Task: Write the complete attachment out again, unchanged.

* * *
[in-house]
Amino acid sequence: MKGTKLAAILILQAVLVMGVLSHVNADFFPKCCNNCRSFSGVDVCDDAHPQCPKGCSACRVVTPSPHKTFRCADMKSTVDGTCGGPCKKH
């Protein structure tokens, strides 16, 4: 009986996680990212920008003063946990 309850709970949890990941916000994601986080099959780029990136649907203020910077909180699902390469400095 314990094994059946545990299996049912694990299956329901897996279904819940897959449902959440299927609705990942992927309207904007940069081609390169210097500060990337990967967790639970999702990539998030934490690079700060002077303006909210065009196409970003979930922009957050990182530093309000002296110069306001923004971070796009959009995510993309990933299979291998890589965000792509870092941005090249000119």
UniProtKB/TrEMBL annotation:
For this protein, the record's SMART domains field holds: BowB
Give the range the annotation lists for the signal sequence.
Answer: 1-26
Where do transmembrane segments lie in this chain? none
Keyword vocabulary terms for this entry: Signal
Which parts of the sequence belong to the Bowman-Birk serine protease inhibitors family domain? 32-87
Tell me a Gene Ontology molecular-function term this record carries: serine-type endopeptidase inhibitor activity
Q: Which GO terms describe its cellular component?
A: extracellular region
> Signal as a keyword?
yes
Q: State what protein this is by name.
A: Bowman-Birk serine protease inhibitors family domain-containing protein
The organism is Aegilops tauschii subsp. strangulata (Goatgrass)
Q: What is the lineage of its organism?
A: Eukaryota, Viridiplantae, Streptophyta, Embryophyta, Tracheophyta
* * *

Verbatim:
[in-house]
Amino acid sequence: MKGTKLAAILILQAVLVMGVLSHVNADFFPKCCNNCRSFSGVDVCDDAHPQCPKGCSACRVVTPSPHKTFRCADMKSTVDGTCGGPCKKH
């Protein structure tokens, strides 16, 4: 009986996680990212920008003063946990 309850709970949890990941916000994601986080099959780029990136649907203020910077909180699902390469400095 314990094994059946545990299996049912694990299956329901897996279904819940897959449902959440299927609705990942992927309207904007940069081609390169210097500060990337990967967790639970999702990539998030934490690079700060002077303006909210065009196409970003979930922009957050990182530093309000002296110069306001923004971070796009959009995510993309990933299979291998890589965000792509870092941005090249000119």
UniProtKB/TrEMBL annotation:
For this protein, the record's SMART domains field holds: BowB
Give the range the annotation lists for the signal sequence.
Answer: 1-26
Where do transmembrane segments lie in this chain? none
Keyword vocabulary terms for this entry: Signal
Which parts of the sequence belong to the Bowman-Birk serine protease inhibitors family domain? 32-87
Tell me a Gene Ontology molecular-function term this record carries: serine-type endopeptidase inhibitor activity
Q: Which GO terms describe its cellular component?
A: extracellular region
> Signal as a keyword?
yes
Q: State what protein this is by name.
A: Bowman-Birk serine protease inhibitors family domain-containing protein
The organism is Aegilops tauschii subsp. strangulata (Goatgrass)
Q: What is the lineage of its organism?
A: Eukaryota, Viridiplantae, Streptophyta, Embryophyta, Tracheophyta